A number of the injured in the Boston bombing suffered the loss of a limb. A Lenexa, KS, man knows firsthand what those people are going to face.
"For me it didn't sink in the amount of change that was going to befall my life when I lost my leg. At that point I was just happy to be alive," Bill Elvin said.
Elvin and his family were part of the spectators at an air show in Reno, NV, a year and a half ago when a plane suddenly crashed into the crowd. His mother was among the 10 people on the ground who died. Elvin and other relatives suffered severe injuries.
"I actually tried to get up - I didn't realize I lost my leg at the time," Elvin said.
This week watching the Boston attack and learning about the many victims who lost limbs hit close to home for him.
"If I had anything to say to them is, ‘don't despair. There are other people that have been through what you are going through before and they are there to help and don't be afraid to ask,'" Elvin said.
Elvin said he can do pretty much everything he did before, thanks to the advances in prosthetics. He has what's called an elevated vacuum system.
"What that does is allows the top portion that connects to my limb to stays in tighter contact than it used to. It feels more a part of me and I can kick and the leg doesn't come off," he said.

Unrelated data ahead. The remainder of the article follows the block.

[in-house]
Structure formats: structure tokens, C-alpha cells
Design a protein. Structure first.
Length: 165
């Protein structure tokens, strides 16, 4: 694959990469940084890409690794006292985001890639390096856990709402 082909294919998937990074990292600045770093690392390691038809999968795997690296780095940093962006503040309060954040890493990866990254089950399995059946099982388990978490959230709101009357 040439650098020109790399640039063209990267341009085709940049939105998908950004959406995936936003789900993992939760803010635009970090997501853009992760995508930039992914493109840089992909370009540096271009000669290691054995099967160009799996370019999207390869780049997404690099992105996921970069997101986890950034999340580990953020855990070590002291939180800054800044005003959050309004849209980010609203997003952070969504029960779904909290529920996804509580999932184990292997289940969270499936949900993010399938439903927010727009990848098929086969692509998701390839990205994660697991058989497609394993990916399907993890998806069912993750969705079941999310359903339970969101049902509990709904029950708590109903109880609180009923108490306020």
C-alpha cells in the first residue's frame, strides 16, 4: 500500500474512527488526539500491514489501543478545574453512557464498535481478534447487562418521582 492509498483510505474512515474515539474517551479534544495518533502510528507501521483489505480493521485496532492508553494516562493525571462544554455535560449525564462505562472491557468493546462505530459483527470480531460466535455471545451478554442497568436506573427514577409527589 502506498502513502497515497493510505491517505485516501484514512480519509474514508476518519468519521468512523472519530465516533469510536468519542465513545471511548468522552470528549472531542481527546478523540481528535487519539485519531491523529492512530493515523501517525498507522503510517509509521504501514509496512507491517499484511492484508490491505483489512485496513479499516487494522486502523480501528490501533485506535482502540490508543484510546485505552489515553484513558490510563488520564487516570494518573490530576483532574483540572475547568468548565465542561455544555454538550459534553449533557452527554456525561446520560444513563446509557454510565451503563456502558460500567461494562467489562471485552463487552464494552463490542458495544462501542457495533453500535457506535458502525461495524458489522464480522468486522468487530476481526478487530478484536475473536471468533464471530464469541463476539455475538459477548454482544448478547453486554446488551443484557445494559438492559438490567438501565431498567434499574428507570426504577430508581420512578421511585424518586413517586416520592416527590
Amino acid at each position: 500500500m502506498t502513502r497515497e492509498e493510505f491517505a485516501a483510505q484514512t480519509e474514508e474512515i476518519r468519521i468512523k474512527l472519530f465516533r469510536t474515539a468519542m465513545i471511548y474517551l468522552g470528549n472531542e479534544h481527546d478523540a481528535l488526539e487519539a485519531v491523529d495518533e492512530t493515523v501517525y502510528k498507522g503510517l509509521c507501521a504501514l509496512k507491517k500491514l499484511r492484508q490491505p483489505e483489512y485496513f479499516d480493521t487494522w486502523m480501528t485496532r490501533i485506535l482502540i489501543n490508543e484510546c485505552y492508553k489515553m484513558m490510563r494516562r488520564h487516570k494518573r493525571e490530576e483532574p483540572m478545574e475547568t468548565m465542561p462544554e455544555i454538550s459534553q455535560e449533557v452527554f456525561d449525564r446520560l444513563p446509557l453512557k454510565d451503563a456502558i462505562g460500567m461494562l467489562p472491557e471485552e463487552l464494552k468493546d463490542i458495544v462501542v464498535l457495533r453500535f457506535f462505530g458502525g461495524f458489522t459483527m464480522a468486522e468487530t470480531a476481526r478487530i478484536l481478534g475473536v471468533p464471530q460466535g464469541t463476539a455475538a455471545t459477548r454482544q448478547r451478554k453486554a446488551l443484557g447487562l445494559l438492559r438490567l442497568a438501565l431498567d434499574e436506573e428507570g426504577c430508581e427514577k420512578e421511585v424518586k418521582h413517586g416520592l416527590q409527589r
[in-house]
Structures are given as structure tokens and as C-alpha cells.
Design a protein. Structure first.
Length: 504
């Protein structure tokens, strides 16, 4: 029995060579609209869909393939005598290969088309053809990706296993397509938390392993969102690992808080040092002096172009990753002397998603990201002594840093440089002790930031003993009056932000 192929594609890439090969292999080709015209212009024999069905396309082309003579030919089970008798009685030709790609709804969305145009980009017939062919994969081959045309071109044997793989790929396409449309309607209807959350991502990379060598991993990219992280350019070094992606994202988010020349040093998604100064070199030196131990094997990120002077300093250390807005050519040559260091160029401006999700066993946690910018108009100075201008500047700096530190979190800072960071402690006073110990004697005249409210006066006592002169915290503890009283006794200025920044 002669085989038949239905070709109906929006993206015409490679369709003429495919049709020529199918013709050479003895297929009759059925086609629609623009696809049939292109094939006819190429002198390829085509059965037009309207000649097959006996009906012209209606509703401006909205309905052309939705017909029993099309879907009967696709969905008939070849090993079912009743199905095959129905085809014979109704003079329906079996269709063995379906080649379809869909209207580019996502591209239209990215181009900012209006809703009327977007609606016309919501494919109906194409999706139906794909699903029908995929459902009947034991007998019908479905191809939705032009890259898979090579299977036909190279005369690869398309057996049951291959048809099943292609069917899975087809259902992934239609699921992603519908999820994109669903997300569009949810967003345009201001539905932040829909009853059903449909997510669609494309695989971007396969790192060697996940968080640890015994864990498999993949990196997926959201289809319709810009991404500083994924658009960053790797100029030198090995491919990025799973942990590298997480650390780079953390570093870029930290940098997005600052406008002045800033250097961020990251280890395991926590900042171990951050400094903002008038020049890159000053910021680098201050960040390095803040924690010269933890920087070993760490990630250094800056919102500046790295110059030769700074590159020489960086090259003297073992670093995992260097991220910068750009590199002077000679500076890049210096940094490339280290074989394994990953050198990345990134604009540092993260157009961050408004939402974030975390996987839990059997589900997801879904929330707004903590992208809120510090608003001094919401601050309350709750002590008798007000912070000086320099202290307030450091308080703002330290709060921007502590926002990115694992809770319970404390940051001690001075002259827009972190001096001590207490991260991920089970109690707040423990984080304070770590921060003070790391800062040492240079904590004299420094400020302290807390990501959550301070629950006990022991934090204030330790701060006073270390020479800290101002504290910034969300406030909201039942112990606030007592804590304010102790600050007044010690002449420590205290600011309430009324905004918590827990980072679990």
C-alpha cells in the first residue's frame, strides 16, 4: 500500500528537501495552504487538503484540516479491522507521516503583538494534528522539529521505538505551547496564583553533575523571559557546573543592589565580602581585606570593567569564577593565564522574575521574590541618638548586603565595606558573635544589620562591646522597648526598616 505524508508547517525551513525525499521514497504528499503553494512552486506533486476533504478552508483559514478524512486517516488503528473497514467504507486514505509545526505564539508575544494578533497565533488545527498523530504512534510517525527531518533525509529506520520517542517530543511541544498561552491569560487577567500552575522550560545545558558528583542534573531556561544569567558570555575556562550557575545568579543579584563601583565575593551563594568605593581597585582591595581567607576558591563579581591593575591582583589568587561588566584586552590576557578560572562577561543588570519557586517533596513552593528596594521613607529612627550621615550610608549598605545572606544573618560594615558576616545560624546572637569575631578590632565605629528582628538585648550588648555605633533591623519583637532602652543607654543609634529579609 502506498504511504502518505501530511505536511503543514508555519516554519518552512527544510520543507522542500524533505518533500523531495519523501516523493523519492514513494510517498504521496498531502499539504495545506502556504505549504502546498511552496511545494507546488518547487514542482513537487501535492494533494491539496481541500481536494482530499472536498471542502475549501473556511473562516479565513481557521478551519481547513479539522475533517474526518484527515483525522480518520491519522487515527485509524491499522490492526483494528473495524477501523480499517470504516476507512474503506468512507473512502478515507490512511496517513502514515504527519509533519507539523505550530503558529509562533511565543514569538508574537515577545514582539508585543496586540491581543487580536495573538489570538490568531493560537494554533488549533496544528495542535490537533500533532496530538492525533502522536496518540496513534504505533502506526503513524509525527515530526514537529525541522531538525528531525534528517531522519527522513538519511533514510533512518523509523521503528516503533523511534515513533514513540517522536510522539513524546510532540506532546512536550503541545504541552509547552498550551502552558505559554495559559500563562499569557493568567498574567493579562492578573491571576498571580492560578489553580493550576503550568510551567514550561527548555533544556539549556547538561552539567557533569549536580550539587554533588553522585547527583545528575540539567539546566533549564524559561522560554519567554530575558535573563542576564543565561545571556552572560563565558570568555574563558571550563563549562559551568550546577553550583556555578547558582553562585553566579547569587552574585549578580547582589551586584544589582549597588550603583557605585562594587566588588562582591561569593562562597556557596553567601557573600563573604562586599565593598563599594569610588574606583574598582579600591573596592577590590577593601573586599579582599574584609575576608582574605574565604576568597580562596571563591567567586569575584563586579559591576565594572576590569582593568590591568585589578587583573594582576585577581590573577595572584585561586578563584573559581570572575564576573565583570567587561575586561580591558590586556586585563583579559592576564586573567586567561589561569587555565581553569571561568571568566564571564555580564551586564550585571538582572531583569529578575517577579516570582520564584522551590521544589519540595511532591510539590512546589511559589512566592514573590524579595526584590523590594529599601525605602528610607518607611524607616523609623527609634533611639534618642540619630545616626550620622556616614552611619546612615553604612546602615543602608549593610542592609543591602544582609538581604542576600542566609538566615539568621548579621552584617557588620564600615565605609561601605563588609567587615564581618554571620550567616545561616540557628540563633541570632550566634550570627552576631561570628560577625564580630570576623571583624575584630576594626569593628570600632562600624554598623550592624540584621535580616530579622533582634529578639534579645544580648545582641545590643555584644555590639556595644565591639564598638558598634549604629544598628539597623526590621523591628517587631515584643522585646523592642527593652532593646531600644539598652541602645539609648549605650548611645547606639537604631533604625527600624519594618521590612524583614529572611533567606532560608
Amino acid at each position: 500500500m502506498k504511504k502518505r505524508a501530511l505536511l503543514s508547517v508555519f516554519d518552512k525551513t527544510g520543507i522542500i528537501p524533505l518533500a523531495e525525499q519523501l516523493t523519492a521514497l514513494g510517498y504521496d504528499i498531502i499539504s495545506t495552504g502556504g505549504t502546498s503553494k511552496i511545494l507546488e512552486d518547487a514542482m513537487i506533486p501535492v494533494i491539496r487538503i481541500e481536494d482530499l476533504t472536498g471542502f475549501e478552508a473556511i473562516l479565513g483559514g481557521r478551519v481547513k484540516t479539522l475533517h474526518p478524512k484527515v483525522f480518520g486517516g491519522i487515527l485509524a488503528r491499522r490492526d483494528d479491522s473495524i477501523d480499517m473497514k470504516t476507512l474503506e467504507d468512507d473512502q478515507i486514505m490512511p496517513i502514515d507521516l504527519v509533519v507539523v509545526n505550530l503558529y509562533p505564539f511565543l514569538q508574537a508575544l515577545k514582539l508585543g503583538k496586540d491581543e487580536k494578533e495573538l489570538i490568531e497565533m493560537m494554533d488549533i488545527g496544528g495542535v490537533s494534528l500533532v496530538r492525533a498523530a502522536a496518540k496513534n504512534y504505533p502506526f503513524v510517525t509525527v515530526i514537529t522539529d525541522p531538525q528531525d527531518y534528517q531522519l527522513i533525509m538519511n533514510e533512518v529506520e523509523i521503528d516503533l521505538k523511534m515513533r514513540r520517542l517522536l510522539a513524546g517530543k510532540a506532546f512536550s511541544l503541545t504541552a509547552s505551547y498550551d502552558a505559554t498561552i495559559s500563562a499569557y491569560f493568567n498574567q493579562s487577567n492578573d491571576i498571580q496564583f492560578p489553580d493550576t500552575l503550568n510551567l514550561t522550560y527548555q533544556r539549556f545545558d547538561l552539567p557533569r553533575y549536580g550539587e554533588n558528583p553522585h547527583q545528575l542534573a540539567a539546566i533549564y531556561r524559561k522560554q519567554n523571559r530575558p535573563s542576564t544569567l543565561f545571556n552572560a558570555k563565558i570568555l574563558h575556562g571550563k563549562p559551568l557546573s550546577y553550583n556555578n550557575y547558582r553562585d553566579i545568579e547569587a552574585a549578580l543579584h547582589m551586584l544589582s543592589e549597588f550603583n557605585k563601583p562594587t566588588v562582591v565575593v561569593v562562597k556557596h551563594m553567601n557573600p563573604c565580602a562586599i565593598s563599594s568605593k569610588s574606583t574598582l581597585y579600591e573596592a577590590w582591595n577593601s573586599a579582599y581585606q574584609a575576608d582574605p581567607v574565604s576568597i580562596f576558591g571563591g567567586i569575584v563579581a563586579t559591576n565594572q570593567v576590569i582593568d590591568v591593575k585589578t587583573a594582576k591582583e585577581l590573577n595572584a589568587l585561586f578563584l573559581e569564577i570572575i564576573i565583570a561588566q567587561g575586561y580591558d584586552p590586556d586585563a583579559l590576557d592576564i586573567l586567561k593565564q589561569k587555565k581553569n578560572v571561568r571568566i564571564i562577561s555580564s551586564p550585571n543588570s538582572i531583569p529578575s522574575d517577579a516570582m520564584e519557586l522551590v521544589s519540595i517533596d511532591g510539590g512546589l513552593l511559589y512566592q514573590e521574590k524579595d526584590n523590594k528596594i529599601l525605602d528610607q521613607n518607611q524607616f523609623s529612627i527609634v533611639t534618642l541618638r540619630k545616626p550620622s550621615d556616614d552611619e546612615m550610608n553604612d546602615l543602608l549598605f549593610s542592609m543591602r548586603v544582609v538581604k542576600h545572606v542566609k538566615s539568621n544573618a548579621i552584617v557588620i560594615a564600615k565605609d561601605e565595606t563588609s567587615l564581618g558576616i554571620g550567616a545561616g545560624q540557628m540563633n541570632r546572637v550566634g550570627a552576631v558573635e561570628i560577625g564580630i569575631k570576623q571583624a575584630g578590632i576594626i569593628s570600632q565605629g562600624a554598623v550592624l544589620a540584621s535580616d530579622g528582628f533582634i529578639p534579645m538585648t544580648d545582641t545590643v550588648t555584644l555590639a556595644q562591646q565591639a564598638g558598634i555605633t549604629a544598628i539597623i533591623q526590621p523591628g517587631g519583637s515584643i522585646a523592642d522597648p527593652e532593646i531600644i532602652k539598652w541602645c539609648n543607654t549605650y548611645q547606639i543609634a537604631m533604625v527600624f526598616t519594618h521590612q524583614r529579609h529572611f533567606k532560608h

"I think it helps the psychological part early on if they can talk to a prosthetist or amputee and see that everything is going to be fine," said Mike Schultz, the founder of Horizon Orthotic and Prosthetic Experience.
Schultz had helped Elvin and countless patients get their lives back. His local offices, called HOPE, builds their prosthetics to be more comfortable and more flexible than ever before.
"Today we are using prosthesis that don't have extra apparatus on it, so our sockets are more fitted with jell lining and the comfort is one of the big advancements," Schultz said.
Elvin said his injury came from a freak accident and he doesn't blame anyone. He can't imagine what the victims in Boston are feeling, knowing that someone intentionally committed the crime.
He just hopes the victims find inspiration from their family and friends to help them move forward with their lives.
"And it's not going to be easy and don't try to pretend it will be. Just face it and do the best you can and when you need help ask because I found people in general are great and just want to help," Elvin said.
The experts at HOPE said some of the victims in Boston could be fitted for their first prosthesis as soon as four to six weeks after the amputation.
Copyright 2013 KCTV (Meredith Corp.) All rights reserved.
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